Researchers in Myanmar have discovered specimens of Chimerarachne yingi, an ancient arachnid and cousin of the modern spider, perfectly preserved in amber.
The little critters look a lot like spiders we’re familiar with today, with one big difference. The Chimerarachne yingi has a long tail, like an early version of the tail on modern scorpions.
According to the research study, scientists have known for about a decade that spiders evolved from arachnids with tails, more than 315 million years ago, though they hadn’t found proof of that in the fossil record until now.
The ancient specimens, members of a clade called Uraraneida, have a lot in common with modern spiders, including a segmented abdomen, multi-articulate spinnerets and spider-like chelicerae (pincers). The discovery changed the timeline scientists originally theorized for the development of modern spiders and their Uraraneida sisters.
It’s clear, based on the spinnerets of the amber-preserved fossils, that Uraraneids and spiders co-existed for much of their evolutionary history.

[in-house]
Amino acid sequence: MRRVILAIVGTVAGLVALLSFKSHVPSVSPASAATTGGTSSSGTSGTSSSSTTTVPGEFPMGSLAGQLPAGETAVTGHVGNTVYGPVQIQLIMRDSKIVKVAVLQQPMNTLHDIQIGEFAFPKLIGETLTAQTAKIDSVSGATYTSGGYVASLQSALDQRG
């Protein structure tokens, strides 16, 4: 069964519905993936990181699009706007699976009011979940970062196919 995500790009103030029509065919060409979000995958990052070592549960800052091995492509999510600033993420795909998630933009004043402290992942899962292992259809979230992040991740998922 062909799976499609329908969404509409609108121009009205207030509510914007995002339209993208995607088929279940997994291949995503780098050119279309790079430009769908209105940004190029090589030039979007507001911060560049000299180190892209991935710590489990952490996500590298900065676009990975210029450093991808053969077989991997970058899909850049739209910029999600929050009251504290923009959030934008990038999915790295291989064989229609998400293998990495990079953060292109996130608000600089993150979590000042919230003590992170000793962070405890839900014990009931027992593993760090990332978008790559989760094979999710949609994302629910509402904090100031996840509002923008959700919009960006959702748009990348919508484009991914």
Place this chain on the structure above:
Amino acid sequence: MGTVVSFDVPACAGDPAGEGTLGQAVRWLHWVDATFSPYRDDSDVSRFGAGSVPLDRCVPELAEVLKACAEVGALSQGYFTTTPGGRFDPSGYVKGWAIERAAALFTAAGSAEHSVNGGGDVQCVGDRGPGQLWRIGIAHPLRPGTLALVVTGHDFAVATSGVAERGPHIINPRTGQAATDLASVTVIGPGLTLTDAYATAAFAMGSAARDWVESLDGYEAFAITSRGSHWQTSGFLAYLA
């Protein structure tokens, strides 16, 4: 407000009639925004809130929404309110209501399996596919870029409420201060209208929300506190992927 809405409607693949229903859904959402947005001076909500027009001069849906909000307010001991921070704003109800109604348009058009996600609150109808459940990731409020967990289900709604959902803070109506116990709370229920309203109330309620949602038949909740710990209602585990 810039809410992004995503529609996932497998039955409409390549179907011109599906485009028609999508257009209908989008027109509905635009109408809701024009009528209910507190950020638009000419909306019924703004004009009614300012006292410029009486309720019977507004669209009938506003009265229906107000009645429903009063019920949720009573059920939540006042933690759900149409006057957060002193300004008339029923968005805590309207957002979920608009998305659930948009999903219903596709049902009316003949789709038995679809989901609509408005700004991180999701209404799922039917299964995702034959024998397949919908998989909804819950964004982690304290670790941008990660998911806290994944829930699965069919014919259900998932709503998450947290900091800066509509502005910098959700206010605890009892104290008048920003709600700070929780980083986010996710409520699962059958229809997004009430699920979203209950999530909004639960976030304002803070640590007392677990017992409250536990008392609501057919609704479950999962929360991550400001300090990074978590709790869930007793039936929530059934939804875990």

Four specimens of the tiny spider relative, which scientists think lived in and around tree trunks, have been found preserved in amber. While they seem downright prehistoric, the researchers say there’s a possibility – however remote – that Chimerarachne yingi may not be extinct. The forests of Myanmar, which are dense, largely unexplored, and contain untold numbers of insect and arachnid species, could still be home to Chimerarachne yingi or its descendants today.
“We haven’t found them, but some of these forests aren’t that well-studied, and it’s only a tiny creature,” Dr. Paul Selden of the University of Kansas told the BBC.